• For reading or task lighting, the recessed lighting should be placed slightly behind and off to one side of a reading chair or work space to minimize glare from books or task objects.
  • Use wall-washer recessed lights in smaller rooms to give the appearance of a larger space. Wall-wash recessed lights are ideal for highlighting a group of small pictures placed together on a wall.

Light Bulbs

The following information will help you select the type of bulb for each application. For example, do you want a warm look, a whiter brighter light, varied color spectrum lighting or high contrast lighting? What pattern of light do you need, flood or spot light?

Using the following examples, start by determining the bulb and wattage needs of the room space you are going to light. After selecting a bulb, choose the trim; usually the smallest available trim size that will accommodate the bulb.

  • Common household bulbs, standard A, are the least expensive choice for recessed lighting. This type of bulb provides a warm incandescent light that is good for general lighting and wall-washing effects. Standard bulbs require a reflector to boost the light and are best used with a clear Alzac A lamp multiplier.
  • Bulbs with a built-in reflector are called R lamps. The style helps cast a warm incandescent light in either flood or spot patterns. They are slightly more expensive than a standard lamp, but it is the most commonly found bulb in residential recessed fixtures. These bulbs are used with most trim types for general, task or accent lighting, it is available for 4" line voltage recessed with an R20 lamp, 5" and 6" line voltage recessed with an R30 lamp or 6" recessed with a R40 lamp.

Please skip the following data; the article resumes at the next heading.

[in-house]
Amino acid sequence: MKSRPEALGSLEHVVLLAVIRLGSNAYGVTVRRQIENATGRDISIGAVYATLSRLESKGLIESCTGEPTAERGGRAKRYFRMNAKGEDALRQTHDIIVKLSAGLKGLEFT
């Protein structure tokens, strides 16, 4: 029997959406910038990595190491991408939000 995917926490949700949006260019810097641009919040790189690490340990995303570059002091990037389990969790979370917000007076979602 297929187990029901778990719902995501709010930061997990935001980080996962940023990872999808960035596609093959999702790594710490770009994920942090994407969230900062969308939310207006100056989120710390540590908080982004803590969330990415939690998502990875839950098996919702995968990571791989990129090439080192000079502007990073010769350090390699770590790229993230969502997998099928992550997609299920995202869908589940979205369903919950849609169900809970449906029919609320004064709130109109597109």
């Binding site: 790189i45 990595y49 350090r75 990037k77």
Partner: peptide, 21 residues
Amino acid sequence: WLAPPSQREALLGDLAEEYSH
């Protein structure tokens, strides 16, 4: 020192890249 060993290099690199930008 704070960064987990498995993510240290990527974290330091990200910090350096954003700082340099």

• For a whiter, brighter light than a regular "R" bulb, use Halogen PAR lamps. These lamps give a more controlled beam spread. They are available in PAR 20 size for 4" recessed, PAR 30 size for 5" and 6" recessed, and PAR 38 size for 6" recessed fixtures. Used with most trim types for general, task or accent lighting.

Line Voltage

Lamps that operate directly off of the household current are called line voltage. You can dim line voltage systems with ordinary dimmers.

Choose line voltage recessed lights for general room lighting applications or secondary room lighting. Incandescent "A" lamps or standard reflectors distribute an even warm light, while PAR halogen flood lamps provide white pools of general lighting. These lamps can also be used in eyeball trims for secondary accent lighting or general task lighting.

Recessed Lighting Trim Types

The trim is a decorative ring with a lip to extend beyond any exposed opening in the ceiling where the fixture has been installed. The choice of trim for recessed lighting is based on the required performance of the fixture and personal preference.


Open - Typically used for general and accent lighting, open trims are the least costly of all trim options. They are often referred to as standard trims. White open trims provide a low level of obtrusiveness on a white ceiling.